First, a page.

POLICY GUIDELINESImplantation of a keratoprosthesis is considered a high-risk procedure associated with numerous complications and probable need for additional surgery. Therefore, the likelihood of regaining vision and the patient’s visual acuity in the contralateral eye should be taken into account when considering the appropriateness of this procedure. Treatment should be restricted to centers experienced in treating this condition and staffed by surgeons adequately trained in techniques addressing implantation of this device.
Investigative service is defined as the use of any treatment procedure, facility, equipment, drug, device, or supply not yet recognized by certifying boards and/or approving or licensing agencies or published peer review criteria as standard, effective medical practice for the treatment of the condition being treated and as such therefore is not considered medically necessary.
The coverage guidelines outlined in the Medical Policy Manual should not be used in lieu of the Member's specific benefit plan language.
POLICY HISTORY7/15/2004: Approved by Medical Policy Advisory Committee (MPAC)
10/1/2004: Code Reference section completed
5/24/2006: Policy reviewed, no changes
9/25/2007: Policy reviewed, permanent keratoprostheses changed to investigational. Removed "Permanent keratoprostheses may be considered medically necessary in adult patients with corneal opacity not suitable for standard penetrating keratoplasty with donor tissues, or where donor tissue has been declined, or where adjunctive measures required to prevent graft rejection are medically contraindicated."
06/22/2010: Policy description updated regarding treatment approaches and FDA approval of devices. Policy statement revised to indicate that the Boston keratoprosthesis (Boston KPro) may be considered medically necessary for the treatment of corneal blindness when specific criteria are met, and to state that a permanent keratoprosthesis for all other conditions and all other types of permanent keratoprostheses are considered investigational. FEP verbiage added to the Policy Exceptions section. Deleted outdated references in the Sources section. All codes moved from non-covered to covered, and added HCPCS code L8609.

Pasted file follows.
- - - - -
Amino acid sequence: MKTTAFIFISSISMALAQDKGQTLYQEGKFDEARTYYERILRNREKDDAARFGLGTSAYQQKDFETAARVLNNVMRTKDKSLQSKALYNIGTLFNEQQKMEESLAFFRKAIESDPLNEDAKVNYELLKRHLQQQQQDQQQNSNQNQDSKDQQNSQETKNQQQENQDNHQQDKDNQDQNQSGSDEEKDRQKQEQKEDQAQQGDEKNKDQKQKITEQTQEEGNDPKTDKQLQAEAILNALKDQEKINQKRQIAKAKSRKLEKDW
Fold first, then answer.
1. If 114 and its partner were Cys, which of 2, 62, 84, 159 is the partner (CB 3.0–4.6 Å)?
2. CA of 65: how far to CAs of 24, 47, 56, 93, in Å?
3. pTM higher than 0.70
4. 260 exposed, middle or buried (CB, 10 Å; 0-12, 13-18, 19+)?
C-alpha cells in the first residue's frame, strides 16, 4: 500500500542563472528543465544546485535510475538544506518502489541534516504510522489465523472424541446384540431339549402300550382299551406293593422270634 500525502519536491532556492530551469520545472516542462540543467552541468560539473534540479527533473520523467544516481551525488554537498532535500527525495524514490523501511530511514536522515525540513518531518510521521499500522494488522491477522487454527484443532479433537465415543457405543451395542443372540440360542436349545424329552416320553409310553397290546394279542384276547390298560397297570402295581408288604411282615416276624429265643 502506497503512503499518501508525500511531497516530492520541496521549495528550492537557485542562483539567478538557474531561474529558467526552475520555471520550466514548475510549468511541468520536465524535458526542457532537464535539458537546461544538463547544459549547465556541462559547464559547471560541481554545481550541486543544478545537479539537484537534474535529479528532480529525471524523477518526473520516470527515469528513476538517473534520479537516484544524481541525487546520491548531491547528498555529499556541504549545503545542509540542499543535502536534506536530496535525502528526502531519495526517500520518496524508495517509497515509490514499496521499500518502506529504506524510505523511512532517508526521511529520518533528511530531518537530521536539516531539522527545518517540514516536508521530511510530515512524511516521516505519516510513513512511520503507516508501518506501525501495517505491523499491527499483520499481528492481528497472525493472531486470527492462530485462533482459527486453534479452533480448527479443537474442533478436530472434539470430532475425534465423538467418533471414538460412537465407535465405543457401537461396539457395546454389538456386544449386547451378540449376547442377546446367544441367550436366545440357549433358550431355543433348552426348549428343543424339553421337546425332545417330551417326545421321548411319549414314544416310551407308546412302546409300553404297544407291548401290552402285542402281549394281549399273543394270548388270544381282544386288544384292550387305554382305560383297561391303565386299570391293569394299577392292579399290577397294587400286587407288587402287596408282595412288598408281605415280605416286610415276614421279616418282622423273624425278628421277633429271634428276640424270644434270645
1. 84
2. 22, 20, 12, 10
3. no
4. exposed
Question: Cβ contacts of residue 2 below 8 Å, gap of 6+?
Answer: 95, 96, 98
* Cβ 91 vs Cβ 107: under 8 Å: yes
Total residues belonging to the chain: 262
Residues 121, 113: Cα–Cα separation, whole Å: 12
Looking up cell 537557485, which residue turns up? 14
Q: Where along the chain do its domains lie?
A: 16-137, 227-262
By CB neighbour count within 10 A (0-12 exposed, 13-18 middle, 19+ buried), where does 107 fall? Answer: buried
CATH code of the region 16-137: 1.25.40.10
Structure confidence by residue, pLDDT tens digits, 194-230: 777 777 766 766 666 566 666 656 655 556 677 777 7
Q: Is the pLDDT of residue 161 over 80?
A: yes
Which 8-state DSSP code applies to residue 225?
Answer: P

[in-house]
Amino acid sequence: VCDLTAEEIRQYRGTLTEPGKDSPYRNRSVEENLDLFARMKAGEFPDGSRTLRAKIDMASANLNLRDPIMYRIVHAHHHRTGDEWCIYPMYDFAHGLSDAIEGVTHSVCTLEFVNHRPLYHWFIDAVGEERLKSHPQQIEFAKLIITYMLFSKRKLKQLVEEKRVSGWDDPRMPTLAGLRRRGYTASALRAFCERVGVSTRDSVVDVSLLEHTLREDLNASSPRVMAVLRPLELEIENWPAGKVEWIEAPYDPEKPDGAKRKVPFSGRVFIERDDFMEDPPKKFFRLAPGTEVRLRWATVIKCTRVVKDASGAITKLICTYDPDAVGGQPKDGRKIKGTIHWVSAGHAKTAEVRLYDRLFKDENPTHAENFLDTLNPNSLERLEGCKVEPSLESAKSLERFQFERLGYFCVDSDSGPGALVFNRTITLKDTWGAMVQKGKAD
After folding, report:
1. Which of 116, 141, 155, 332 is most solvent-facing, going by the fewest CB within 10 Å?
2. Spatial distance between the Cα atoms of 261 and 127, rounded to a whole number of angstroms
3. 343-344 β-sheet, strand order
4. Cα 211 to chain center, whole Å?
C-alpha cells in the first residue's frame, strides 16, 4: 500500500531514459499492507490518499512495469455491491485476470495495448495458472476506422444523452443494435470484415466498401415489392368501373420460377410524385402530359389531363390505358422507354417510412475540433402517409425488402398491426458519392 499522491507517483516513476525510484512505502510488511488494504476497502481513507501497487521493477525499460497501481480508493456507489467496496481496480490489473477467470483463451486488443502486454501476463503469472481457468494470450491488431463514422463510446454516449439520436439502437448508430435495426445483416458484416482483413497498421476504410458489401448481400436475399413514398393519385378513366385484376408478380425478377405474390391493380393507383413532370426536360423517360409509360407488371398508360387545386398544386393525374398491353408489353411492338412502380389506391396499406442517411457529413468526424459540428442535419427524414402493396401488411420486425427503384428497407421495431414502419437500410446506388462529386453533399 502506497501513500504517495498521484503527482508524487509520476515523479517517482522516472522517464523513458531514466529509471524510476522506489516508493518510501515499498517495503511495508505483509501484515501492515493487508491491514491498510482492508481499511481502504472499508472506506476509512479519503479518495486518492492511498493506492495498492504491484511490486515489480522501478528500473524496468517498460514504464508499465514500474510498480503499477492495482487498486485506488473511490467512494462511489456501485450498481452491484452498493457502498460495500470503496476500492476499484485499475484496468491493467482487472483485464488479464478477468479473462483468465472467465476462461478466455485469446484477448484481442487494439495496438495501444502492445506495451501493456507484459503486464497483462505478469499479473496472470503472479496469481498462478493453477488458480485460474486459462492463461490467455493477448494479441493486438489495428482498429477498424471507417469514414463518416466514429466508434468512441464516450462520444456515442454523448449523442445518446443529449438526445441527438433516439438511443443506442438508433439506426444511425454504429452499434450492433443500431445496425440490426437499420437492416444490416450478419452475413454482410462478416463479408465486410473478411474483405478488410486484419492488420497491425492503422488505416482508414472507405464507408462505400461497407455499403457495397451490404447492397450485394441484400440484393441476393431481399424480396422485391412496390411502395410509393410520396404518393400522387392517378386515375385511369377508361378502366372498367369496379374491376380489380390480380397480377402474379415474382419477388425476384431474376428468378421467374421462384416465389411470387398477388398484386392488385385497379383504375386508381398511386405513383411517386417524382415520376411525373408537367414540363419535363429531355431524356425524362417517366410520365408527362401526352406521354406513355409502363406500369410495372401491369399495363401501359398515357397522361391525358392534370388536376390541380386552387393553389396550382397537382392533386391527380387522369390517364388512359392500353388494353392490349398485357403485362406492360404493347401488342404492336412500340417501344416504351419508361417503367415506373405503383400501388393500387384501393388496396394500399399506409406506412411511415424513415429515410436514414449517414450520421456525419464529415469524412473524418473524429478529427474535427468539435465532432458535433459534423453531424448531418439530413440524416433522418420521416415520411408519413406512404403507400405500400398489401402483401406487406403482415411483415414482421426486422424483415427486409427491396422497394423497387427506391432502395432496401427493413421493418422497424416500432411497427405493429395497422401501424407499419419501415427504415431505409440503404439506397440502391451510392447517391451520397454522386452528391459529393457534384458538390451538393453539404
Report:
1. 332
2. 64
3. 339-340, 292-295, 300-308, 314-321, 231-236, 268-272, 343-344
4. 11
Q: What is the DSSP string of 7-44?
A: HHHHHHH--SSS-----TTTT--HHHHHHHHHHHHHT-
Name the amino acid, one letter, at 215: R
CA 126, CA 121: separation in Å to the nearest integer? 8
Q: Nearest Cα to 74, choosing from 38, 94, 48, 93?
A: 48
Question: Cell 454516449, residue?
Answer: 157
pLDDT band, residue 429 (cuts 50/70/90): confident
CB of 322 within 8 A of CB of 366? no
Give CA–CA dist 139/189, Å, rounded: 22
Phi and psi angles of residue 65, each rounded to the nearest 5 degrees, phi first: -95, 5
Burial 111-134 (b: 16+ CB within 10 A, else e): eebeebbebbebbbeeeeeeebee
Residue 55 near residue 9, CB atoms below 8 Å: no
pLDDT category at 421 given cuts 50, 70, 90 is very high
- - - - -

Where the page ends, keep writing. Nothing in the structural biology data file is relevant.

04/20/2011: Policy reviewed; no changes.
03/27/2012: Policy reviewed; no changes.
04/17/2013: Policy reviewed; no changes.
03/18/2014: Policy reviewed; no changes.
07/08/2015: Policy description updated regarding devices. Medically necessary policy statement updated to add the following conditions: 1) Best-corrected vision is ≤20/400 in the affected eye and ≤20/40 in the opposite eye; AND 2) No end-stage glaucoma or retinal detachment is present; AND 3) The patient has one of the following indications: Multiple corneal transplant graft failures; Stevens-Johnson syndrome; Ocular cicatricial pemphigoid; Autoimmune conditions with rare ocular involvement; Ocular chemical burns; An ocular condition unlikely to respond favorably to primary corneal transplant surgery (eg, limbal stem cell compromise or postherpetic anesthesia).
SOURCE(S)Blue Cross Blue Shield Association policy # 9.03.01
CODE REFERENCEThis may not be a comprehensive list of procedure codes applicable to this policy.
The code(s) listed below are ONLY medically necessary if the procedure is performed according to the "Policy" section of this document.